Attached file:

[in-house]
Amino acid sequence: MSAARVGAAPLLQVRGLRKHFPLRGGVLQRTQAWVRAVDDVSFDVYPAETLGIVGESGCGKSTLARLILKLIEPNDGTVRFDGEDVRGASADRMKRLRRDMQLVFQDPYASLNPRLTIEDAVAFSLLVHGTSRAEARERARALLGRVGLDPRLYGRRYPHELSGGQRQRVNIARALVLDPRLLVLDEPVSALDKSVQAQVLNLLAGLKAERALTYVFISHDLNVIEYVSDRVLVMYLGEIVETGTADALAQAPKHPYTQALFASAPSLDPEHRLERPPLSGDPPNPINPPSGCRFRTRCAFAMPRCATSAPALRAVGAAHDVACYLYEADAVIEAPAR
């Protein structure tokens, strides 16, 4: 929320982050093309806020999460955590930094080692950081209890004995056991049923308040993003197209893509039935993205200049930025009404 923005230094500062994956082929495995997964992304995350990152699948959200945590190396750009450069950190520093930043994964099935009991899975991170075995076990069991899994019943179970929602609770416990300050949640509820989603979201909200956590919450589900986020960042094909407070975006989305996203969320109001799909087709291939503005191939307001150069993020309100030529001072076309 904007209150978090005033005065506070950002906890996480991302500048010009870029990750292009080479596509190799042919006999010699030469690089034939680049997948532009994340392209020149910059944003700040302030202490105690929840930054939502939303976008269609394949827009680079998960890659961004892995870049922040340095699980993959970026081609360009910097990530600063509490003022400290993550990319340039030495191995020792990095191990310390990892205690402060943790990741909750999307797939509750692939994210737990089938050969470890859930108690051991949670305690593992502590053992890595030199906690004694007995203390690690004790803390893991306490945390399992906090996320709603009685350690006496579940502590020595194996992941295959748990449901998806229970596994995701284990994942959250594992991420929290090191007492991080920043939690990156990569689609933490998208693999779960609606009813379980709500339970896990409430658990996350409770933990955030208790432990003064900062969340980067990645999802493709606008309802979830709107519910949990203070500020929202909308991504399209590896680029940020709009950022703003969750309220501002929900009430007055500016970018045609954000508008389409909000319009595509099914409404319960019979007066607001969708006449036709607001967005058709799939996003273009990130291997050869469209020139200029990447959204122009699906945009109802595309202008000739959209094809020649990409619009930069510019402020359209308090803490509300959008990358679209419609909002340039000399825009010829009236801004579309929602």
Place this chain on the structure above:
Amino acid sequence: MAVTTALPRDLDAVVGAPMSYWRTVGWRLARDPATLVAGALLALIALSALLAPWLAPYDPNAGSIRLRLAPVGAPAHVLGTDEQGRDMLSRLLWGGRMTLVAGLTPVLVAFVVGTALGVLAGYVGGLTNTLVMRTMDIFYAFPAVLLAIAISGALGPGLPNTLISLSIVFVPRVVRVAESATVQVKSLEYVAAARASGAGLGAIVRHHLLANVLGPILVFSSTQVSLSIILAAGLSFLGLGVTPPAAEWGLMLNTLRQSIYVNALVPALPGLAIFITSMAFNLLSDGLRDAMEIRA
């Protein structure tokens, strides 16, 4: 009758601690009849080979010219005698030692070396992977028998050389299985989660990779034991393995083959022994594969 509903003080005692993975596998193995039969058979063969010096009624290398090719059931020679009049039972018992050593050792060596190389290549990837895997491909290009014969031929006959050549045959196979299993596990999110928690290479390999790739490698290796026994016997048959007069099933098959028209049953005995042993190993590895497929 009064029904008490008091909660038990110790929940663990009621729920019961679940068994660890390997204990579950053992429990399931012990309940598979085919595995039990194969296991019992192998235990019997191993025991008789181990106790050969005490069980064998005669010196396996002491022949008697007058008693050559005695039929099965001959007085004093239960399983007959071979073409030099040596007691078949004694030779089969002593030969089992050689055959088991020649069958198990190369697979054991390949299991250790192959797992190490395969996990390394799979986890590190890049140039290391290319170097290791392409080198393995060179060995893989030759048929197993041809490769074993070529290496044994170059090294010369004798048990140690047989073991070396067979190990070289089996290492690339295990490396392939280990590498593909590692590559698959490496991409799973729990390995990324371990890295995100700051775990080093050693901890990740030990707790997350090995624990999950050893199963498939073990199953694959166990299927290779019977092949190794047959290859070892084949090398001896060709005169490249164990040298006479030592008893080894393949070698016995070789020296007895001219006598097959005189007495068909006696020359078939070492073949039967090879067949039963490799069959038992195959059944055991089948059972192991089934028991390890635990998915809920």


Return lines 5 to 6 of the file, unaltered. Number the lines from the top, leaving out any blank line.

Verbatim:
Amino acid sequence: MAVTTALPRDLDAVVGAPMSYWRTVGWRLARDPATLVAGALLALIALSALLAPWLAPYDPNAGSIRLRLAPVGAPAHVLGTDEQGRDMLSRLLWGGRMTLVAGLTPVLVAFVVGTALGVLAGYVGGLTNTLVMRTMDIFYAFPAVLLAIAISGALGPGLPNTLISLSIVFVPRVVRVAESATVQVKSLEYVAAARASGAGLGAIVRHHLLANVLGPILVFSSTQVSLSIILAAGLSFLGLGVTPPAAEWGLMLNTLRQSIYVNALVPALPGLAIFITSMAFNLLSDGLRDAMEIRA
């Protein structure tokens, strides 16, 4: 009758601690009849080979010219005698030692070396992977028998050389299985989660990779034991393995083959022994594969 509903003080005692993975596998193995039969058979063969010096009624290398090719059931020679009049039972018992050593050792060596190389290549990837895997491909290009014969031929006959050549045959196979299993596990999110928690290479390999790739490698290796026994016997048959007069099933098959028209049953005995042993190993590895497929 009064029904008490008091909660038990110790929940663990009621729920019961679940068994660890390997204990579950053992429990399931012990309940598979085919595995039990194969296991019992192998235990019997191993025991008789181990106790050969005490069980064998005669010196396996002491022949008697007058008693050559005695039929099965001959007085004093239960399983007959071979073409030099040596007691078949004694030779089969002593030969089992050689055959088991020649069958198990190369697979054991390949299991250790192959797992190490395969996990390394799979986890590190890049140039290391290319170097290791392409080198393995060179060995893989030759048929197993041809490769074993070529290496044994170059090294010369004798048990140690047989073991070396067979190990070289089996290492690339295990490396392939280990590498593909590692590559698959490496991409799973729990390995990324371990890295995100700051775990080093050693901890990740030990707790997350090995624990999950050893199963498939073990199953694959166990299927290779019977092949190794047959290859070892084949090398001896060709005169490249164990040298006479030592008893080894393949070698016995070789020296007895001219006598097959005189007495068909006696020359078939070492073949039967090879067949039963490799069959038992195959059944055991089948059972192991089934028991390890635990998915809920």